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6 Potential Problems With Dying Intestate

intestate, estate planning, margolis bloom dagostino - will

If you die without a will, the government has a plan for you. These statutes are known as the rules “intestacy” and not having a will as dying “intestate.” Increasingly, studies show the costs of dying intestate to one’s estate and heirs and how those costs fall on those least able to afford them.

How Intestacy Works

Under the rules of intestacy, your estate passes to your closest heirs, but the rules can differ from state to state. In Massachusetts, for example, if you are married when you pass away, your spouse will receive your entire estate if you have no children or grandchildren or if all your children and grandchildren are also children and grandchildren of your spouse. At least that’s how it works if you have no surviving parents. If one or both of your parents survives you, your spouse will receive the first $200,000 plus 75% of the rest.

If, however, your spouse has children or grandchildren who are not also your children or grandchildren, then your spouse only receives the first $100,000 of your estate and half of the rest of your estate. This is also the case if you have children or grandchildren who are not also children or grandchildren of your surviving spouse.

In the cases where your spouse doesn’t receive your whole estate, the rest is split among your parents, if they survive you, or your children, the share of any child who does not survive you going to their children (your grandchildren).

Is that clear? Kurt R. Nilson, an attorney in Johnstown, Pennsylvania, maintains a website, heirbase.com, that explains the intestacy rules in every state, including an “evaluator” that calculates the share of the estate to be received by each heir.

In addition to the rules being very complicated, intestacy presents these other potential problems:

1. The Distribution of Your Estate is Not What You Would Want

The intestacy rules seek to distribute assets as most people would choose if they had written a will. But many people would choose a different outcome. According to a survey of 9,000 Americans by Yale Law School professors Yair Listokin and John Morley, most respondents would give less to their spouses than prescribed under the intestacy rules and more to their partners, who receive nothing under the intestacy rules. Married respondents with shared children on average would give 52% of their estates to their surviving spouses, rather than the 100% they would receive under intestacy rules. Unmarried respondents without children would give their partners on average 43% of their estates.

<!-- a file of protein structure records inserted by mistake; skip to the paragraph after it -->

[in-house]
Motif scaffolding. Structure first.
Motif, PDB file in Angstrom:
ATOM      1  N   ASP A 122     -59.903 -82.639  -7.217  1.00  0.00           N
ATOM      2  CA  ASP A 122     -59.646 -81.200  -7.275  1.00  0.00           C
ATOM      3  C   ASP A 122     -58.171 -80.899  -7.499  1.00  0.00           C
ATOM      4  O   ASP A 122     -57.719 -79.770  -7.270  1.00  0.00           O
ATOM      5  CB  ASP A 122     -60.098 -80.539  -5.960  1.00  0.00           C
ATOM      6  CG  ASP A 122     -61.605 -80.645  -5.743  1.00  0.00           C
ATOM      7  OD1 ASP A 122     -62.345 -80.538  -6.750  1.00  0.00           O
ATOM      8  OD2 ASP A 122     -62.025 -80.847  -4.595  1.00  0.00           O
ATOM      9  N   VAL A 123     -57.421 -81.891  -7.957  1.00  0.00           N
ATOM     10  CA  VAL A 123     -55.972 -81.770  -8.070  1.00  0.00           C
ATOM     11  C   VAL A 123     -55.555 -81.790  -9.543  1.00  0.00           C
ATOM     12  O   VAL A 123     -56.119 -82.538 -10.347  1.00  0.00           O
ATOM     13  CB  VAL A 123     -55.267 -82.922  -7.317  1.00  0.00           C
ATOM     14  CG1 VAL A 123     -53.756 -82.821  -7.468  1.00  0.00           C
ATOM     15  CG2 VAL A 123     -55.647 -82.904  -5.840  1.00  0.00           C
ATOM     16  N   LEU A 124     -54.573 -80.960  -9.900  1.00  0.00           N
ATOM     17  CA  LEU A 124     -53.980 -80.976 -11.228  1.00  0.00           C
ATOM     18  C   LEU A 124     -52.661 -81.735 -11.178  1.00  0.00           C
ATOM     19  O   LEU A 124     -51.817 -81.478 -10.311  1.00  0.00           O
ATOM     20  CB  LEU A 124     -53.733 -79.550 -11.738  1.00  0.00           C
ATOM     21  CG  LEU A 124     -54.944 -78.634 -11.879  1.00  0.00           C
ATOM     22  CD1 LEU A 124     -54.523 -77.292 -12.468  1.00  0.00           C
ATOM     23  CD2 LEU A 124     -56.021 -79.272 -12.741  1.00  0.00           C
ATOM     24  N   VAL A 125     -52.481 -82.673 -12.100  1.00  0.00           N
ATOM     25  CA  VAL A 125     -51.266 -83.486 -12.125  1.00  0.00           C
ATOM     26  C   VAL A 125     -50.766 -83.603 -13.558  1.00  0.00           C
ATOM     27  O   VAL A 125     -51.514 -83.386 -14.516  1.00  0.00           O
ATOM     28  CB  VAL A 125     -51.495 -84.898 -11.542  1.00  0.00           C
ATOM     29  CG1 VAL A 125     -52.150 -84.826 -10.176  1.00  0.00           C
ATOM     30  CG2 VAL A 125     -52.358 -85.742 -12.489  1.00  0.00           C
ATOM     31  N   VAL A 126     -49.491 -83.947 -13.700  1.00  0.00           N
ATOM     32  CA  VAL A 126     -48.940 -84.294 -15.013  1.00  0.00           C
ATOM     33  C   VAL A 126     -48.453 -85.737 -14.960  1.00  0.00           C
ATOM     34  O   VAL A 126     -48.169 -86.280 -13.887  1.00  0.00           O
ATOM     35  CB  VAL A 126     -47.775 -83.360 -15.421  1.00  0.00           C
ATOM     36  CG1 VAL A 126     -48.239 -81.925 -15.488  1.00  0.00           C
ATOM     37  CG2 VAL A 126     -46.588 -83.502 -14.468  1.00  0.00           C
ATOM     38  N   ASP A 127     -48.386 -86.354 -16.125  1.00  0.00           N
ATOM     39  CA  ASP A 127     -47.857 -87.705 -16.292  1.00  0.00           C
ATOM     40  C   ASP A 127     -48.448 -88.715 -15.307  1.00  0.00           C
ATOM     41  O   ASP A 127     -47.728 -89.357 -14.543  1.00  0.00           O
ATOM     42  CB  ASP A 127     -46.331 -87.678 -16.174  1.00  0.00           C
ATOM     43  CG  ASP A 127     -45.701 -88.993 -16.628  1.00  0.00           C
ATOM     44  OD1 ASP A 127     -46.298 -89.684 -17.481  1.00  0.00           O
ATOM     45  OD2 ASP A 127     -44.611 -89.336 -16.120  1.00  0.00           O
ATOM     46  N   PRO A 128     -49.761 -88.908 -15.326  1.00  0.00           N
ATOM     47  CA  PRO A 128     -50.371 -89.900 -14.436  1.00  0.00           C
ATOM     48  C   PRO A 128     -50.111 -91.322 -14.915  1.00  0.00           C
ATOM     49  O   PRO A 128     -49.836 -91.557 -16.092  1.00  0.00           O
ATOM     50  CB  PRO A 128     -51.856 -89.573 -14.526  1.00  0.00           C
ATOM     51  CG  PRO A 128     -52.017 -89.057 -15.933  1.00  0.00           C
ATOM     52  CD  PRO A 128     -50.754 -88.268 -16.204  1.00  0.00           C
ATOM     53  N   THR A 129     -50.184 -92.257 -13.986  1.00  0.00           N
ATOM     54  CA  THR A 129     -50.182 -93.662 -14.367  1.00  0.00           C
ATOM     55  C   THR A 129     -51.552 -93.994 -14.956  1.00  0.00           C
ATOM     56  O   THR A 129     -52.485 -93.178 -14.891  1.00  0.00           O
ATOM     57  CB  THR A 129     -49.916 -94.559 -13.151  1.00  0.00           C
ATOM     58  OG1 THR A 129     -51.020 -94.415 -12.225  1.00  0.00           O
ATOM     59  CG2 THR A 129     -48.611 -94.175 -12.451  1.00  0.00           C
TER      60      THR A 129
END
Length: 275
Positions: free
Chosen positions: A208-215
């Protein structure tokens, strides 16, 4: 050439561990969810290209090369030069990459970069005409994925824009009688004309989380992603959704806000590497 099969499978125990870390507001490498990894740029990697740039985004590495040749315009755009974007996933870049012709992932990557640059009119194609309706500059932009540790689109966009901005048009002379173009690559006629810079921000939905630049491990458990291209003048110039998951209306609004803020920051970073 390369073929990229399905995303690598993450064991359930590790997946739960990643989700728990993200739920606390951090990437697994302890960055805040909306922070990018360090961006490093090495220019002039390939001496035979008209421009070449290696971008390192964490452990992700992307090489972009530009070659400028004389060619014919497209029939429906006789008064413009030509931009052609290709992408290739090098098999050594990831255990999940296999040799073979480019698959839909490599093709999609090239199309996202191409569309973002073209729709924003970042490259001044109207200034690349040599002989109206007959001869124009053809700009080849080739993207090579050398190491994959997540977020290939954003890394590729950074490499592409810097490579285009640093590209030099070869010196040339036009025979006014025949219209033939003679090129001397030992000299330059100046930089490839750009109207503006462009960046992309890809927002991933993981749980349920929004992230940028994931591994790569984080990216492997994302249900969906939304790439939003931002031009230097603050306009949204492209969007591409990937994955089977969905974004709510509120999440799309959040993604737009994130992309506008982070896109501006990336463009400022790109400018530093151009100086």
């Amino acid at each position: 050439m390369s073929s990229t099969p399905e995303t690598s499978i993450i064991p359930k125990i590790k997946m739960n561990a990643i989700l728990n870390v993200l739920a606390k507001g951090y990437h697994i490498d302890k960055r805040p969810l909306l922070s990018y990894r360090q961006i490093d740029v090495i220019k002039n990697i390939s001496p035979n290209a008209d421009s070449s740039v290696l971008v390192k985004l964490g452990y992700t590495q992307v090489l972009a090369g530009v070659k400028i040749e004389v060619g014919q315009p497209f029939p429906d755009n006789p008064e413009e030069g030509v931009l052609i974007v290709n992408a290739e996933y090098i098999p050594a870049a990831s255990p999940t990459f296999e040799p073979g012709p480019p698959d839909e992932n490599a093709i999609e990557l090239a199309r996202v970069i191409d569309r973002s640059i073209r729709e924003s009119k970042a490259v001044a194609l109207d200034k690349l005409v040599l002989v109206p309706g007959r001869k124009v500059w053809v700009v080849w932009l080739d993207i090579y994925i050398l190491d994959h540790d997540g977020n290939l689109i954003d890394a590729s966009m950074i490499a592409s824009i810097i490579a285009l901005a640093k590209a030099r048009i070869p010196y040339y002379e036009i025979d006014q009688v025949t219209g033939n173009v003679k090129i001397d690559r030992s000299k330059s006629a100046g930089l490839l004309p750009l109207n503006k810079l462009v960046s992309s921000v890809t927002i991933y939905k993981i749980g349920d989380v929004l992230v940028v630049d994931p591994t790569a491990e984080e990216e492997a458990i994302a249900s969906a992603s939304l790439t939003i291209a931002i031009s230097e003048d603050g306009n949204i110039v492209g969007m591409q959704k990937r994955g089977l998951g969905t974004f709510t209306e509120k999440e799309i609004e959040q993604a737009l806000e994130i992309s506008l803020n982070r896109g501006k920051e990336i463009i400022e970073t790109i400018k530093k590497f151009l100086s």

Their survey further found that respondents were generally less generous to their parents and more generous to siblings and stepchildren than would be the results under the rules of intestacy. In general, the intestacy rules follow the bloodlines, favoring those mostly closely related to the decedent, whereas most people would favor those to whom they feel most connected regardless of familial relationship.

An article in The Wall Street Journal, “The Confusing Fallout of Dying Without a Will,” highlights the problem with dying intestate if your family relationships are not traditional. It tells the story of a man who’s partner of 18 years died without an estate plan who had to buy out her share of their home from her children, which was a financial strain for him. That may or may not have been her wish, but they had never planned for that possibility. If they had planned they each could have left their shares of the house in trust for one another to pass to their children only when both had died. Or they could have purchased life insurance to finance the house purchase.

2. The Wrong Person in Charge

In your will you can name your personal representative (also known as an “executor” or “executrix”), making sure it’s the person you think can best carry out this role. If you don’t choose, the person who steps in may not be the best at this role. It may be the person who is the most bossy rather than the one who is most fair for efficient.